Sunday, October 27, 2019

New Workbench Surface

 Thanks for all the feed back on my last post which was a vlog attempt. I'm gonna be doing more video but I have a lot of things to work out. I suppose at some point the best case scenario might be every other post being a video. Unfortunately for you, there will be some crap video and experimenting long before there is anything good. Maybe one of you out there can suggest a free easy to use but full function video editor. Now back to our regularly scheduled programming:

 At work one of my primary jobs is chainsaw repair and the bench surface I've been working on is just a piece of OSB board similar to particle board. As a work surface this totally sucks. It isn't durable, soaks up oils and gives me slivers under my nails every time I go to pick up a small part. I've been wanting to upgrade and finally took the time when the boss offered up some sheet plastic that was left over from a dump truck bed liner. My vision isn't getting any better and the bright white surface works great for spotting small parts and really helps me see what I'm doing. The following job was one of the first repairs done on the new work top. So far I like it.
 A while back I was prepping a new saw for a customer. I poured bar oil in the tank and the work bench started filling up with oil. Further inspection revealed a crack in the oil tank. Not sure if it happened at the factory or at our shop but it needed to be fixed. Unfortunately the oil tank is part of the engine shroud which is the piece everything else is bolted to.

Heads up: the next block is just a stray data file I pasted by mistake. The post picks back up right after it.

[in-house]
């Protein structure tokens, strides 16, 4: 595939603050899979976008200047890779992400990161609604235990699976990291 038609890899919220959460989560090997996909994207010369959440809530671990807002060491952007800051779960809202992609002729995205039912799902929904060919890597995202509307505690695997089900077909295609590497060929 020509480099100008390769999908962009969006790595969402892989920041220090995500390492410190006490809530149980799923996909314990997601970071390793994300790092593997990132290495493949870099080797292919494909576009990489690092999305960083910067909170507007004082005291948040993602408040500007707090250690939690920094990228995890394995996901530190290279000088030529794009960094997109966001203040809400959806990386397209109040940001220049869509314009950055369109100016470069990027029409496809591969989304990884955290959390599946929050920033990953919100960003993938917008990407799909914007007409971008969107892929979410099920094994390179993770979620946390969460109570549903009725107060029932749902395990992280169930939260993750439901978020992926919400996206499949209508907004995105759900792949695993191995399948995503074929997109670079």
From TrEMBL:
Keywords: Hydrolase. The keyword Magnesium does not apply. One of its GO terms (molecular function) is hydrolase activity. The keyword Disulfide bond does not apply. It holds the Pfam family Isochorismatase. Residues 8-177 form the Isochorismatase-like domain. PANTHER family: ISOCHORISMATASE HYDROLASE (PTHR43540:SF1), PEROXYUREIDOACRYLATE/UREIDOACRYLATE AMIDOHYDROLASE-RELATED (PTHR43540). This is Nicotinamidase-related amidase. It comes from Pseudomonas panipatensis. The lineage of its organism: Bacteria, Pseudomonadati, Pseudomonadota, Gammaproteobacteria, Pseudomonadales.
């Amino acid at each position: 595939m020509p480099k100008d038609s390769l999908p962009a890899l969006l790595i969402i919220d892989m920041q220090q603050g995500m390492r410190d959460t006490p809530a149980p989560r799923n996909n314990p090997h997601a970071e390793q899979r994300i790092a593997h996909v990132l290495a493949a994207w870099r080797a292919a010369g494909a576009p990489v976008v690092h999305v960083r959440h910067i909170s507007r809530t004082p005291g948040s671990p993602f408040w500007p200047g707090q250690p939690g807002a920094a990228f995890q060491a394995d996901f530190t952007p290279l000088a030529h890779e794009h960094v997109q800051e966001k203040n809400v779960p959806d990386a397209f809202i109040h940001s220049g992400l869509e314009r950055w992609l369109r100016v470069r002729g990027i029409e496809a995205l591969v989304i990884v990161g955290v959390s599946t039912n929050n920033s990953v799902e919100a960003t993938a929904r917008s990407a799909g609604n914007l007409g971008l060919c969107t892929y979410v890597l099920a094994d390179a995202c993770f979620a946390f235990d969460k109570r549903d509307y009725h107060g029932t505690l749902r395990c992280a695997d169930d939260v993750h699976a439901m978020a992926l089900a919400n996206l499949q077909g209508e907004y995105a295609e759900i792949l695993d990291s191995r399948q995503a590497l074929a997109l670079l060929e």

The broke ass saw on the left, the replacement engine shroud on the right. Pretty obvious that everything has to come apart.

  A view of the other side with the clutch removed.

 Muffler and oil pump removed. Oil feed hose and bar stud swapped directly onto new shroud.

 Here is a close look at the damage. Someone dropped this saw before it had a bar on it.

 Heres what works for me to remove screw-in bar studs. I screw a larger Stihl style bar nut on first then jam a smaller Husky style nut against it. Now I can easily use a wrench or socket to run the stud out (and back in).

 Starter cover and handle isolation springs were next. This white surface is really nice to work on. 

 The air filter, carb and fuel lines, and ignition wiring are all removed. This job is so much easier being a clean brand new saw. 

 Intake boot, spark plug and the bolts holding the shroud to the engine are all removed.

 The engine can now be removed from the shroud and the whole process gets followed in reverse. Its easy for me to see that no screws are left on the bench although I can't say if any rolled onto the floor. Maybe I should paint the floor white?

 Echo allows 1.3 hours labor for this repair. I came in at about 1.5 hours but its hard to be certain. There are no one hour blocks of time when there are no interruptions so I'm just guessing. I know I can get that number down now that I've been in this model once plus if I ever do it again I probably won't be taking pictures. The work top is a big success and I now wish I'd have done it sooner. One thing not seen in these pics is the right side of the work top near my tool box. I left a 2" overhang and drilled a series of holes so I can store commonly used tools. Its really made a difference in the cleanliness of my work area. I know the guys at the shop will laugh at this but I'm making an effort to clean up my work space. We'll see how that goes.



  1. Nice surface to work on. I’d consider a lip all the way around as I’m always having things roll off and disappear between the table surface and the floor.

  2. Agreed but I'm considering routing a groove just inside the edge. That will be easier on my forearms and equipment hanging off the edge. Just not sure if a groove will be enough.